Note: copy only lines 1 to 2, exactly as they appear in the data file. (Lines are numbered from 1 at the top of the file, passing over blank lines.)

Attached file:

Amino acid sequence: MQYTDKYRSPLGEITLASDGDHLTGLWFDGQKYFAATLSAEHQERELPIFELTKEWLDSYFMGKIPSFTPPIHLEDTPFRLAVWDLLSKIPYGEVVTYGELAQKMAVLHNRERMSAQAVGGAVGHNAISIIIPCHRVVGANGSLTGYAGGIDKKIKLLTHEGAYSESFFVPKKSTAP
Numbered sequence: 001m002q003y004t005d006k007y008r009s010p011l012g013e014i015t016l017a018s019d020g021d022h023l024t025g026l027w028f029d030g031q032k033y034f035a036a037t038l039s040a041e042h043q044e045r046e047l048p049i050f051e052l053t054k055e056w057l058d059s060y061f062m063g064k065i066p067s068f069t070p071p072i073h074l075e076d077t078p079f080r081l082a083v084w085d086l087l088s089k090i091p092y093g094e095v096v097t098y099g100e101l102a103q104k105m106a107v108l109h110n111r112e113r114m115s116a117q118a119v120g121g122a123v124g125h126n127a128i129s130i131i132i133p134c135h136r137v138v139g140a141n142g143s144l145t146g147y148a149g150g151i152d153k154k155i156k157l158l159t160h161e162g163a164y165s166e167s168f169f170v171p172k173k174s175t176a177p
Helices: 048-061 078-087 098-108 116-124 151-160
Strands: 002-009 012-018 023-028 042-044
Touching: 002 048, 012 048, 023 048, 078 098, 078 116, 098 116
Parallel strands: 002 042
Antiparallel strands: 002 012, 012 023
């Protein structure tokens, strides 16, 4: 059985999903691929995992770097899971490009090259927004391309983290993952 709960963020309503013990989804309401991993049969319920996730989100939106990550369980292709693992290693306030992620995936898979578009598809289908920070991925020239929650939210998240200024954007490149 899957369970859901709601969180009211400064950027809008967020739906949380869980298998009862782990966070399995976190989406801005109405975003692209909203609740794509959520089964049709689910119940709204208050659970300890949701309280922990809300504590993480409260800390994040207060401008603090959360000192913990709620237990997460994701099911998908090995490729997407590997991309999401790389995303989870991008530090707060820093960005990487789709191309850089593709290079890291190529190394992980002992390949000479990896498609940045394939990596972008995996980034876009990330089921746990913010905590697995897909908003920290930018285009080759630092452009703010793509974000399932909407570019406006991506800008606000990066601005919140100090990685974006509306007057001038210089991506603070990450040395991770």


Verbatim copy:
Amino acid sequence: MQYTDKYRSPLGEITLASDGDHLTGLWFDGQKYFAATLSAEHQERELPIFELTKEWLDSYFMGKIPSFTPPIHLEDTPFRLAVWDLLSKIPYGEVVTYGELAQKMAVLHNRERMSAQAVGGAVGHNAISIIIPCHRVVGANGSLTGYAGGIDKKIKLLTHEGAYSESFFVPKKSTAP
Numbered sequence: 001m002q003y004t005d006k007y008r009s010p011l012g013e014i015t016l017a018s019d020g021d022h023l024t025g026l027w028f029d030g031q032k033y034f035a036a037t038l039s040a041e042h043q044e045r046e047l048p049i050f051e052l053t054k055e056w057l058d059s060y061f062m063g064k065i066p067s068f069t070p071p072i073h074l075e076d077t078p079f080r081l082a083v084w085d086l087l088s089k090i091p092y093g094e095v096v097t098y099g100e101l102a103q104k105m106a107v108l109h110n111r112e113r114m115s116a117q118a119v120g121g122a123v124g125h126n127a128i129s130i131i132i133p134c135h136r137v138v139g140a141n142g143s144l145t146g147y148a149g150g151i152d153k154k155i156k157l158l159t160h161e162g163a164y165s166e167s168f169f170v171p172k173k174s175t176a177p